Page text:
The Special Focus Facilities (SFF) program is a program run by the Centers for Medicare and Medicaid Services (CMS) that aims to improve the quality of care in nursing homes. The program targets nursing homes with a history of poor performance and provides them with additional oversight and support to help them improve. As such, there are several medicolegal implications of the SFF program in 2024.
Firstly, the SFF program has the potential to impact the legal liability of nursing homes. By identifying facilities with poor performance and providing them with additional oversight and support, the program aims to improve the quality of care provided to residents. This can reduce the risk of legal action being taken against nursing homes for malpractice, neglect, or abuse. Conversely, nursing homes that are not part of the SFF program and fail to meet the required standards of care may be at greater risk of legal action. Nursing homes that are part of the SFF program are subject to additional oversight and inspections, which can lead to increased scrutiny and regulation. This can be positive in that it helps to ensure that nursing homes provide a high standard of care to their residents. However, it can also increase the burden of compliance for nursing homes, which can be challenging for facilities with limited resources.
The SFF program also has implications for the healthcare workforce. Nursing homes that are part of the program may require additional staff to meet the required standards of care. This can lead to increased demand for qualified healthcare professionals, which can drive up costs and create staffing shortages in other healthcare settings.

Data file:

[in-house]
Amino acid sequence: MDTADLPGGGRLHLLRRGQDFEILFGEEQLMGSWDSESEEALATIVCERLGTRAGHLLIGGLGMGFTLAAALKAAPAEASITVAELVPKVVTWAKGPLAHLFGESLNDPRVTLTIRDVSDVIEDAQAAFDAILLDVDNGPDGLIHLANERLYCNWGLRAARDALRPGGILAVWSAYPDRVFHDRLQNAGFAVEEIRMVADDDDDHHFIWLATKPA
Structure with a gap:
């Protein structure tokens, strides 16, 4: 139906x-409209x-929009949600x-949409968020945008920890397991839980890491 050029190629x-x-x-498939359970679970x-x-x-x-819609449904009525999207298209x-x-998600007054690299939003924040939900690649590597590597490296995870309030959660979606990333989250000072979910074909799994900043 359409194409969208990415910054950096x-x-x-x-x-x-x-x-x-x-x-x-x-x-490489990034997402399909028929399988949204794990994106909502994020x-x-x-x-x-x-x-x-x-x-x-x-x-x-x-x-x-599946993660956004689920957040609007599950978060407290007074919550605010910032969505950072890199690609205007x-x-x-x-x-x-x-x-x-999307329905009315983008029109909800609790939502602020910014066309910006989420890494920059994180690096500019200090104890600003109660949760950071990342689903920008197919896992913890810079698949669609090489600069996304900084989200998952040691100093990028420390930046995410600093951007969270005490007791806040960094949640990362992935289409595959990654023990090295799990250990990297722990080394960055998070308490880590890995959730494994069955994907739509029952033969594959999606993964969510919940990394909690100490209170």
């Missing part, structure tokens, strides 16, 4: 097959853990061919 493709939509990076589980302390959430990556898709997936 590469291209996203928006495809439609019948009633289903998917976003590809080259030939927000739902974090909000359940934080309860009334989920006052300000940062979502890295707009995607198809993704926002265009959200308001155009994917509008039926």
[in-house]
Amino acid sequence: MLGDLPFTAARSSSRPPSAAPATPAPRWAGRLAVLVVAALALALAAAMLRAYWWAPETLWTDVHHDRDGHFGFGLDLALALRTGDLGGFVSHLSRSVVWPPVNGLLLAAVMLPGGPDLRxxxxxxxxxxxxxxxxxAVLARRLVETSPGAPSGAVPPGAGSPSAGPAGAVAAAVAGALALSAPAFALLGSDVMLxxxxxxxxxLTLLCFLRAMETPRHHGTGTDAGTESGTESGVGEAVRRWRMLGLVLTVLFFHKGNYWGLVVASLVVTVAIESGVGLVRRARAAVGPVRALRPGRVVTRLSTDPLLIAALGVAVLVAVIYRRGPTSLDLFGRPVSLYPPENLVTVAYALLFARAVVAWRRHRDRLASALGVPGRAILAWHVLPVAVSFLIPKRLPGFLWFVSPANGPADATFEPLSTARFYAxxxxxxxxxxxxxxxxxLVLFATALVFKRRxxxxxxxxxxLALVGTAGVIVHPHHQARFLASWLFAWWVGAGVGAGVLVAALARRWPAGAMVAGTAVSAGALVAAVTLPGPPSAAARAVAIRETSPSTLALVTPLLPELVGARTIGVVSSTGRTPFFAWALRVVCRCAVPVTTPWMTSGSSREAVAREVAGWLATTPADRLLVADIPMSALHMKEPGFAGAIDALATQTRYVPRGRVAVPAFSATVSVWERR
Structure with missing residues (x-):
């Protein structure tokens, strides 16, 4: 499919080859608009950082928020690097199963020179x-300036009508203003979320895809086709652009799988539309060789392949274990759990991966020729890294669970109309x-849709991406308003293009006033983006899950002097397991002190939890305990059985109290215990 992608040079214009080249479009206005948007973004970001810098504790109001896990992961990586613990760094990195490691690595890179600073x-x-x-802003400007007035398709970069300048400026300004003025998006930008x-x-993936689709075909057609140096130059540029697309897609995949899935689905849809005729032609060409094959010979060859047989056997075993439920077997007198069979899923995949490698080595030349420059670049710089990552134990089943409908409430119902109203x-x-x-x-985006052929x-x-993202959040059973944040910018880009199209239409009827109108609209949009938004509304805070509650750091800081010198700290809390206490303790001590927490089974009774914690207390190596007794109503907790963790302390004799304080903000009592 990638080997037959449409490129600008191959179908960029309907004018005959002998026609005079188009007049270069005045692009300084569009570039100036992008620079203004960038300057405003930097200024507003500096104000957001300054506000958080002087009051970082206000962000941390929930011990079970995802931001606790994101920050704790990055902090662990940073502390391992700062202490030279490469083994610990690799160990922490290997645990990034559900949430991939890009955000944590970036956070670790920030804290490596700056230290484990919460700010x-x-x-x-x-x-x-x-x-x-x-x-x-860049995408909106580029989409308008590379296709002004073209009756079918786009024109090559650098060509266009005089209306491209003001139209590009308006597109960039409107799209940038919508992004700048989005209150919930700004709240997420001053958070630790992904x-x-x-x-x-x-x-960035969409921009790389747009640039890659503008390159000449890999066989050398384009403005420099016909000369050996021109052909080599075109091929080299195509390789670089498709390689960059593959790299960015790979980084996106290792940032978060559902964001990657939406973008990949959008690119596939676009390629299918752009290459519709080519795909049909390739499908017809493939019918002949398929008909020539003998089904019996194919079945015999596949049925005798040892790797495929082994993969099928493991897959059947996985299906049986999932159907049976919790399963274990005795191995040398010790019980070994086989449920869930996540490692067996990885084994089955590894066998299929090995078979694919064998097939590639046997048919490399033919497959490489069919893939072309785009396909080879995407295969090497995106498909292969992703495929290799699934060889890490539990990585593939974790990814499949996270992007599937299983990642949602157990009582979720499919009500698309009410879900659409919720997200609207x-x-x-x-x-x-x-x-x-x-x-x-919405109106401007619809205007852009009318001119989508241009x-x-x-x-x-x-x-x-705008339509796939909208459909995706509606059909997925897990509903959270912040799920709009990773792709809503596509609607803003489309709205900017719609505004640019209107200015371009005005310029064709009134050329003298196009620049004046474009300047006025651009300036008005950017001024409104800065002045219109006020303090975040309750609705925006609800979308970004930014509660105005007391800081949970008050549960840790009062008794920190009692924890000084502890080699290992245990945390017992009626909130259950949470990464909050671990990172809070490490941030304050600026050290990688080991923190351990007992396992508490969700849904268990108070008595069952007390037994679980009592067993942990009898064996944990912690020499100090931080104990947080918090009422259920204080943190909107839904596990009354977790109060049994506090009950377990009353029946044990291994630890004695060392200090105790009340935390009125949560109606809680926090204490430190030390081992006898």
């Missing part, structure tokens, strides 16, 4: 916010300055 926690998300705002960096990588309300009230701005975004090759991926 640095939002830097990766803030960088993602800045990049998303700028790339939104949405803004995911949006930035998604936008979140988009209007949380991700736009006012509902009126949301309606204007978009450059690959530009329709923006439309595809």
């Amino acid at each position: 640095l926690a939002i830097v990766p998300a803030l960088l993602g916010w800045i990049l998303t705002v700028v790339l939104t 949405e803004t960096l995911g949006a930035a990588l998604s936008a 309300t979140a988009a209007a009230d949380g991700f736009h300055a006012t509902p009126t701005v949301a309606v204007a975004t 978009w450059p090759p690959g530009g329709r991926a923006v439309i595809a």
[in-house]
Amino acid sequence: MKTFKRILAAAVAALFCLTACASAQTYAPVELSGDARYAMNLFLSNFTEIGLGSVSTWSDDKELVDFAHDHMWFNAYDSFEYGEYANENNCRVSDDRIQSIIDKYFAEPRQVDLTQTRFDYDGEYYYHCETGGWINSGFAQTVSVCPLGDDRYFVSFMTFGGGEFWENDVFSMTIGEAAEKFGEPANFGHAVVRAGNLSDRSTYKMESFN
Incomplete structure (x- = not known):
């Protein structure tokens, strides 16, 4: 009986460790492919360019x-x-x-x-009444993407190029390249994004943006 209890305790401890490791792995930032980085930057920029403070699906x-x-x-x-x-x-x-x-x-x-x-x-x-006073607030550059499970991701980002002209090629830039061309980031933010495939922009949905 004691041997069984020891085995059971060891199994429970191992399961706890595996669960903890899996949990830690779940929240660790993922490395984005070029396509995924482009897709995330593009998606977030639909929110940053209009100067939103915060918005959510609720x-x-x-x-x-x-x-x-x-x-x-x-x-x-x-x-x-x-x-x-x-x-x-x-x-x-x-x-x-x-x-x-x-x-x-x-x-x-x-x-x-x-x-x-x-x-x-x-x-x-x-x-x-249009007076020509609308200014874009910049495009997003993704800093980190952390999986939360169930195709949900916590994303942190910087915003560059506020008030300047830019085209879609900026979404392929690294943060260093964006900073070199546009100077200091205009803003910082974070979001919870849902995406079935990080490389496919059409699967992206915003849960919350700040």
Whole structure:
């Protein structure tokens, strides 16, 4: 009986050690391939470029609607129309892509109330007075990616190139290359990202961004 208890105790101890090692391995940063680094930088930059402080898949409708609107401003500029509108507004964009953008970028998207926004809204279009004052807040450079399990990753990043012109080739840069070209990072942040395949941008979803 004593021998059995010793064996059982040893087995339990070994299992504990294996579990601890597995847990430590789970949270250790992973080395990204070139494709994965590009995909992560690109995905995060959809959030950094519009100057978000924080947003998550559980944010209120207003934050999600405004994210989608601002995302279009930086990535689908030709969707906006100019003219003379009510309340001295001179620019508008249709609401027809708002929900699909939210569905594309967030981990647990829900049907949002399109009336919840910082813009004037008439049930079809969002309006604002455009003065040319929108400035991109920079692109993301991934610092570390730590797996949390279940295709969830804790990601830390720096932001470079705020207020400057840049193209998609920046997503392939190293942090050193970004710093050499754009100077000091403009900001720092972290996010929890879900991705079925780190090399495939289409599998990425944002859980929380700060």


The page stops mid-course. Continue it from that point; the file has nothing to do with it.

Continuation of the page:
While the SFF program has improved the performance of some skilled nursing facilities (SNFs), many have continued to need to meet standards, leading the CMS to announce revisions to the requirements for SFFs. The state now asks states to be much more selective in the staffing ratios and star ratios as part of their selection of SFF facilities, proposing that state agencies select SNFs with lower ratings to ensure SNFs at the lowest performance are selected. From a medicolegal perspective, this means that SNFs must show evidence-based interventions and good-faith efforts to improve the quality of care.
Another change involves deficient surveys. If surveys reflect that SNFs provide care that puts residents in harm, the state agency must now immediately notify CMS. In addition, any standard survey that results in 13 more deficiencies will not prevent an SNF from successful graduation.
For 2024, SNFs will be focused on the increased stringency of the SFF program, and the need to document measurable attempts at the improvement in order to graduate from the SFF program and prevent additional legal liabilities.
Vipul Kella, MD MBA
Emergency Physician | Expert Witness